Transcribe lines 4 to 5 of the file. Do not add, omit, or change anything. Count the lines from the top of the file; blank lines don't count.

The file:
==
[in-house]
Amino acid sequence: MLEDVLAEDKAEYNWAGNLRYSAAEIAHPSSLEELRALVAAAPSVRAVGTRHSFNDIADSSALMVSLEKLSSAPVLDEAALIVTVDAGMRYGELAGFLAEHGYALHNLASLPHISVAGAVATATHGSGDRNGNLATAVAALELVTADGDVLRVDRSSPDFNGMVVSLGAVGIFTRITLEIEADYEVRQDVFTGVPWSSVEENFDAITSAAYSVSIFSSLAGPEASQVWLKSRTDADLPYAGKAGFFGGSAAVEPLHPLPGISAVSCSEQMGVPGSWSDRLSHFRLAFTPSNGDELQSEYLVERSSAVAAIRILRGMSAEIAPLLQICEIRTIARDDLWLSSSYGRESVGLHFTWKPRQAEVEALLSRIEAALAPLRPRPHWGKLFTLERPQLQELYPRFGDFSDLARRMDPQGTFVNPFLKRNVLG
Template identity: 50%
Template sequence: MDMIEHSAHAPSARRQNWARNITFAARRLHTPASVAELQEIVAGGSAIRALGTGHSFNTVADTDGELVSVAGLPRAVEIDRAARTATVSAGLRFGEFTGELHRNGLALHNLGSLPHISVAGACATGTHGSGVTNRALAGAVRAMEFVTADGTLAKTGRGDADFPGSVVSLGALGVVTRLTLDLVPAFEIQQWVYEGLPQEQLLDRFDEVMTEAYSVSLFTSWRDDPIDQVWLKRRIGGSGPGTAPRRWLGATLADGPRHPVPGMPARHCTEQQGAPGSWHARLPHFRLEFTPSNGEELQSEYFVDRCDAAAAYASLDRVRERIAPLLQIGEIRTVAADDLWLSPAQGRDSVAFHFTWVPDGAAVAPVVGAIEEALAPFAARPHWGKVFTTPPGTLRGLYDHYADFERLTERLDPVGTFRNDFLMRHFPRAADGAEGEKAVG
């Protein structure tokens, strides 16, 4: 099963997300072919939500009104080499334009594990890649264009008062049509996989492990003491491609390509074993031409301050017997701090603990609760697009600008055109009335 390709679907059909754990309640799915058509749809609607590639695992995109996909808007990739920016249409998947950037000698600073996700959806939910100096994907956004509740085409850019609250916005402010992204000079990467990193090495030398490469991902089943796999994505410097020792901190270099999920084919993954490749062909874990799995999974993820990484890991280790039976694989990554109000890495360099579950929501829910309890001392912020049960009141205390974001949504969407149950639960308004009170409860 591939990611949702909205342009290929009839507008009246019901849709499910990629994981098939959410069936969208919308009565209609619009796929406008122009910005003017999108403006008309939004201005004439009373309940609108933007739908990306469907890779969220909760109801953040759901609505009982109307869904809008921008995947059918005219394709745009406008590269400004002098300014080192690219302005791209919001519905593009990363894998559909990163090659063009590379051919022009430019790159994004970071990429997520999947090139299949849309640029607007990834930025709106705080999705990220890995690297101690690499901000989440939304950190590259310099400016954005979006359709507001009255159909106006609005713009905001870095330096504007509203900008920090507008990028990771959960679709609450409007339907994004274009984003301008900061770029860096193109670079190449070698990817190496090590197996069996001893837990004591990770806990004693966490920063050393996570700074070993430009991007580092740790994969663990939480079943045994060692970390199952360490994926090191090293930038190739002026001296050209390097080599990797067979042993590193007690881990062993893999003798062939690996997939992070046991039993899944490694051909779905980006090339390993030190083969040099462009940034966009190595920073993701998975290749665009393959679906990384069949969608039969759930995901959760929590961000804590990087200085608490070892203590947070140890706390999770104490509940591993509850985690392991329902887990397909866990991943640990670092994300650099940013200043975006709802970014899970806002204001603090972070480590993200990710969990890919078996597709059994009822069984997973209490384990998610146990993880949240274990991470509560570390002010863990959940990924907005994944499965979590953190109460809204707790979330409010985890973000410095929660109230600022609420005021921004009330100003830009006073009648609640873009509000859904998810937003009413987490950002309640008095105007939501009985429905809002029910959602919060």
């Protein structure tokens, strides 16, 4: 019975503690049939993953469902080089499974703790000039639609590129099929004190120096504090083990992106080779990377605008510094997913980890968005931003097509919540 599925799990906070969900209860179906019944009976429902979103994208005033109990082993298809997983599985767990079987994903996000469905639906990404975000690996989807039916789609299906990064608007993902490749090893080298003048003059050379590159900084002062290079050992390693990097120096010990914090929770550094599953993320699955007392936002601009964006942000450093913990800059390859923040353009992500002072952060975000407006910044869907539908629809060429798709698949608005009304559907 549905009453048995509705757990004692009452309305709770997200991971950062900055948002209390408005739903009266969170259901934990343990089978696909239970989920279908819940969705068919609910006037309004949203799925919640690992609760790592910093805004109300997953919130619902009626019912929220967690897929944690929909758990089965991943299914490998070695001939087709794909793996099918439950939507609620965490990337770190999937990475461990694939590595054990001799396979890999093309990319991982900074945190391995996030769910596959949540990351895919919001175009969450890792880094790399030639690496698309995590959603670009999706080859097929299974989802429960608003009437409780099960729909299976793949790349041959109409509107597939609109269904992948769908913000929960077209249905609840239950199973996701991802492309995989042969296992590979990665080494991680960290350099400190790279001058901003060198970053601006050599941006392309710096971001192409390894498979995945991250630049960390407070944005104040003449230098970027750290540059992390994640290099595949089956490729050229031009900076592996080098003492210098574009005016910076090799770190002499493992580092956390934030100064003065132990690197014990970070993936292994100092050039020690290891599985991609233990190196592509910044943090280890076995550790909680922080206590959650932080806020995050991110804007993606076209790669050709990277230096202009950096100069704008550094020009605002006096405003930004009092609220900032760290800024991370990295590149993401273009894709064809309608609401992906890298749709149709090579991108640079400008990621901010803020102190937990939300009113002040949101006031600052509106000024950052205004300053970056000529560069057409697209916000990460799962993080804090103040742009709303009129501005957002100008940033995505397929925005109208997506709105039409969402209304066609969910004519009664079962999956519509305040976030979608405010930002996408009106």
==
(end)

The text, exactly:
Template sequence: MDMIEHSAHAPSARRQNWARNITFAARRLHTPASVAELQEIVAGGSAIRALGTGHSFNTVADTDGELVSVAGLPRAVEIDRAARTATVSAGLRFGEFTGELHRNGLALHNLGSLPHISVAGACATGTHGSGVTNRALAGAVRAMEFVTADGTLAKTGRGDADFPGSVVSLGALGVVTRLTLDLVPAFEIQQWVYEGLPQEQLLDRFDEVMTEAYSVSLFTSWRDDPIDQVWLKRRIGGSGPGTAPRRWLGATLADGPRHPVPGMPARHCTEQQGAPGSWHARLPHFRLEFTPSNGEELQSEYFVDRCDAAAAYASLDRVRERIAPLLQIGEIRTVAADDLWLSPAQGRDSVAFHFTWVPDGAAVAPVVGAIEEALAPFAARPHWGKVFTTPPGTLRGLYDHYADFERLTERLDPVGTFRNDFLMRHFPRAADGAEGEKAVG
């Protein structure tokens, strides 16, 4: 099963997300072919939500009104080499334009594990890649264009008062049509996989492990003491491609390509074993031409301050017997701090603990609760697009600008055109009335 390709679907059909754990309640799915058509749809609607590639695992995109996909808007990739920016249409998947950037000698600073996700959806939910100096994907956004509740085409850019609250916005402010992204000079990467990193090495030398490469991902089943796999994505410097020792901190270099999920084919993954490749062909874990799995999974993820990484890991280790039976694989990554109000890495360099579950929501829910309890001392912020049960009141205390974001949504969407149950639960308004009170409860 591939990611949702909205342009290929009839507008009246019901849709499910990629994981098939959410069936969208919308009565209609619009796929406008122009910005003017999108403006008309939004201005004439009373309940609108933007739908990306469907890779969220909760109801953040759901609505009982109307869904809008921008995947059918005219394709745009406008590269400004002098300014080192690219302005791209919001519905593009990363894998559909990163090659063009590379051919022009430019790159994004970071990429997520999947090139299949849309640029607007990834930025709106705080999705990220890995690297101690690499901000989440939304950190590259310099400016954005979006359709507001009255159909106006609005713009905001870095330096504007509203900008920090507008990028990771959960679709609450409007339907994004274009984003301008900061770029860096193109670079190449070698990817190496090590197996069996001893837990004591990770806990004693966490920063050393996570700074070993430009991007580092740790994969663990939480079943045994060692970390199952360490994926090191090293930038190739002026001296050209390097080599990797067979042993590193007690881990062993893999003798062939690996997939992070046991039993899944490694051909779905980006090339390993030190083969040099462009940034966009190595920073993701998975290749665009393959679906990384069949969608039969759930995901959760929590961000804590990087200085608490070892203590947070140890706390999770104490509940591993509850985690392991329902887990397909866990991943640990670092994300650099940013200043975006709802970014899970806002204001603090972070480590993200990710969990890919078996597709059994009822069984997973209490384990998610146990993880949240274990991470509560570390002010863990959940990924907005994944499965979590953190109460809204707790979330409010985890973000410095929660109230600022609420005021921004009330100003830009006073009648609640873009509000859904998810937003009413987490950002309640008095105007939501009985429905809002029910959602919060």